Referring to FIG. 7, and examining the ionization state of cell #2 over each of the time slots 1-5, it is to be assumed that the internal cell dielectric initially has no net voltage charge. It remains in that condition during time slots 1-3, and the 0 volt A signal which occurs at time slot 4 provides insufficient ionization energy to cause ignition, because there is no internal cell voltage-aiding effect to provide the necessary ignition conditions. Similarly, the 0 volt B signal during time slot 5 is insufficient to cause cell ignition. Therefore, the cell remains unignited during the entire STORE mode of operation.
Cell #1 is initially ignited and therefore has the same sequential ionization states as cell #3, herein described.
Cell #0 is the edge cell on the visual information screen, normally hidden from operator view by an opaque edge strip, but which is always held in the ignition state except when a binary "0" is to be entered into the line of cells associated with a particular cell #0 line position. At time slot 1 an IW signal of 0 volts is applied to conductor 35, and an ID signal of +V volts is applied to conductor 32. This sudden voltage polarity change on both conductors 35 and 32 is sufficient to cause ignition in cell #0. At time slot 2 the IW signal applied to conductor 35 returns to +V volts, leaving both conductors 35 and 32 at a +V volt potential. At time slot 3 the ID signal applied to conductor 32 returns to a 0 volt potential, and the cell reignites in a reversal voltage polarity sense. The internal cell dielectric voltage charge remains as shown in time slot 3 throughout the remainder of the store cycle.
FIG. 8 is a block diagram showing an expanded view of the interconnection to the visual information screen 20. Buffer register 10 receives a plurality of parallel binary signals from a digital computer or other signal source. In the preferred embodiment buffer register 10 receives 8 binary bits in parallel, although any other parallel combination of binary bits can equally well be adapted to the present invention. These binary bits are transferred to the display drive control network 11, and more specifically to an input data driver network 11A, where they activate circuits which are connected to the input data (ID) lines on visual information screen 20. The timing of this information transfer is controlled by timing logic 15, which generates signals in timed coincidence with the ID signal shown on FIG. 2.
Visual information screen 20 is organized into a plurality of alphanumeric lines 22, 24, 26, etc. Each alphanumeric line comprises 8 cellular lines of the type shown in FIG. 3, and is therefore associated with 8 input data bits. This architectural organization is convenient for the display of alphanumeric information, although visual information screen 20 could as easily be architecturally arranged in any other convenient pattern. Each of the alphanumeric lines, for example line 22, receives 8 binary signals on 8 ID conductors. In addition, each alphanumeric line receives all of the other signals shown on the timing chart of FIG. 2. The IW, S, A, and B signals are parallel connected to all alphanumeric lines. The WS signal is connected to each alphanumeric line through control logic network 12, which therefore serves as an address selection circuit for determining which of the plurality of alphanumeric lines is to be selected for any given write cycle.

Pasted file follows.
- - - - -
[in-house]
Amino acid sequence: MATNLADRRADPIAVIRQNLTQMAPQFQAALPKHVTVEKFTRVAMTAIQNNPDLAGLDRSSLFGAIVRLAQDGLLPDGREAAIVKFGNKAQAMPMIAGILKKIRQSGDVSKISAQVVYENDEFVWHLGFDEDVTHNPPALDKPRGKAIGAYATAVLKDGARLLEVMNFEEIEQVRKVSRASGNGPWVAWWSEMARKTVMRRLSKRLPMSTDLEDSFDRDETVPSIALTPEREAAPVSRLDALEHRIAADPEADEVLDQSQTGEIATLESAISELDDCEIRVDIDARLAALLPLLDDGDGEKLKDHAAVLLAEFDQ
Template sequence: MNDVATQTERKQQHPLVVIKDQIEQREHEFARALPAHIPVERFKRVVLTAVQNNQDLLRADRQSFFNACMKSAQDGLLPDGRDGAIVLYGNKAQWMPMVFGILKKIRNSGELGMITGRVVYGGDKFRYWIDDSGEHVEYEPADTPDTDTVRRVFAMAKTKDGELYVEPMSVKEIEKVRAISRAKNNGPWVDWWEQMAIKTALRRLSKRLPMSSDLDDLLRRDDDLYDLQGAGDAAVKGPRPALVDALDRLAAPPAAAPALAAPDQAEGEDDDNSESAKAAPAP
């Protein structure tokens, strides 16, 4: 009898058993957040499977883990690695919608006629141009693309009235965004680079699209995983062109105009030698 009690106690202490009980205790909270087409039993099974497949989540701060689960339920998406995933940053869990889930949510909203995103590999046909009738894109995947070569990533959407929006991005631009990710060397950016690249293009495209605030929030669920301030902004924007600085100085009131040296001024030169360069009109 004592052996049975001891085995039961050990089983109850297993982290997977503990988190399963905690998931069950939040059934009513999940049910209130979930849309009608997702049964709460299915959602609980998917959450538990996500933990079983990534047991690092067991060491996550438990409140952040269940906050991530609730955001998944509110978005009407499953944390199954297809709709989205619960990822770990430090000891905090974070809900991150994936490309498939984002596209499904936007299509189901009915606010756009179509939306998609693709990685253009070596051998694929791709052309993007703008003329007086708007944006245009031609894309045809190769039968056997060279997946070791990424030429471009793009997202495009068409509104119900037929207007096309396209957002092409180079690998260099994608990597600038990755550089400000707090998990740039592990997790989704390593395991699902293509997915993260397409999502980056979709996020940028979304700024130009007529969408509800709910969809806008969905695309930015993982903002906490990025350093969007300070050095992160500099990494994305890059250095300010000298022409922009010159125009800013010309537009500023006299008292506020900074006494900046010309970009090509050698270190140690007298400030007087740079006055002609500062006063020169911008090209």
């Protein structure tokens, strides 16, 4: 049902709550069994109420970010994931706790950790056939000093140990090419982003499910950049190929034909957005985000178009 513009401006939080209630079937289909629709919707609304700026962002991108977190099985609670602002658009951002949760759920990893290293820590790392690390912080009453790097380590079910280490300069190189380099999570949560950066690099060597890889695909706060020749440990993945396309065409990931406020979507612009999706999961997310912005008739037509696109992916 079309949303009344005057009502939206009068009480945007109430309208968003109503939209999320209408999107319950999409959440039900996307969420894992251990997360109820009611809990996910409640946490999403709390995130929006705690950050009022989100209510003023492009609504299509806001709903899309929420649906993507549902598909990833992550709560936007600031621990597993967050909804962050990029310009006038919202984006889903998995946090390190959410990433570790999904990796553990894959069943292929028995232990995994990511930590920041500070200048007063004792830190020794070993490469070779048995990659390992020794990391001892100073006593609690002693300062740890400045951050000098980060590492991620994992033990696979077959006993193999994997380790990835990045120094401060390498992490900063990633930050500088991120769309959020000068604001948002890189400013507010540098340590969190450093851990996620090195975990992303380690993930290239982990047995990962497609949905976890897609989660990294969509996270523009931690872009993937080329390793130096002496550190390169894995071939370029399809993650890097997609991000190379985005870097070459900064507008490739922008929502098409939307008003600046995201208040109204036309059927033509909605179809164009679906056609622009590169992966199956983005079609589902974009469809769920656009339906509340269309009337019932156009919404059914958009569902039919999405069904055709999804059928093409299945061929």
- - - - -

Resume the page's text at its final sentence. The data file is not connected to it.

Control logic network 12 includes a line address register 12A which receives a plurality of binary bits from an address selection source such as the computer. In the preferred embodiment 4 binary bits are used to select one of 16 alphanumeric lines.
Control network 12 also contains circuitry 12B for controlling timing logic 15 in response to signals from a computer or other driving source. Whenever the driving source is prepared to transmit binary data to the visual information screen it activates a "ready" line. Circuitry 12B responds by commanding timing logic 15 to execute a write cycle, in synchronized communication with data transmitted through buffer rigister 10. As soon as the write cycle has been completed circuitry 12B generates a signal over the "resume" line to indicate to the driving source that the data has been entered into the visual information screen. Whenever data is not being entered into the visual information screen, circuitry 12B controls the timing logic 15 to repetitively execute store cycles, so that visual information screen 20 continually receives the timing signals representative of the store cycle in FIG. 2. This continuous repetition ensures that binary data displayed on the screen is retained there.
If a succession of binary or alphanumeric data is to be stored on any of the alphanumeric lines of the visual information screen, the driving source repetitively activates the timing write cycle to consecutively shift alphanumeric or binary information across the visual information screen. Each time new binary or alphanumeric data is entered into the left side of the screen via the ID inputs the information which was therefore displayed by the screen becomes shifted rightward. Thus, the driving source can not only write new information on the visual information screen but can also shift information previously stored to the right by any desired increment.
If information displayed on the screen is to be modified in any way, it is necessary to enter new information across the entire alphanumeric line, which new information contains the modification desired. Since the preferred embodiment uses the principle of timeshifting, it is not possible to selectively modify information displayed on a portion of an alphanumeric line without replacing the entire line. However, since the display information is typically stored in the digital computer or other driving source it is a relatively simple technique to recall such information, modify it and activate the necessary control cycles to rewrite an alphanumeric line on the visual information screen.
The present invention may be embodied in other specific forms without departing from the spirit or essential attributes thereof, and it is therefore desired that the present embodiment be considered in all respects as illustrative and not restrictive, reference being made to the appended claims rather than to the foregoing description to indicate the scope of the invention.
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|U.S. Classification||345/62, 345/66, 313/586, 315/84.61|
|International Classification||H01J17/49, G09G3/285, G09G3/29|
|Cooperative Classification||G09G3/29, H01J11/00|
|European Classification||H01J11/00, G09G3/29|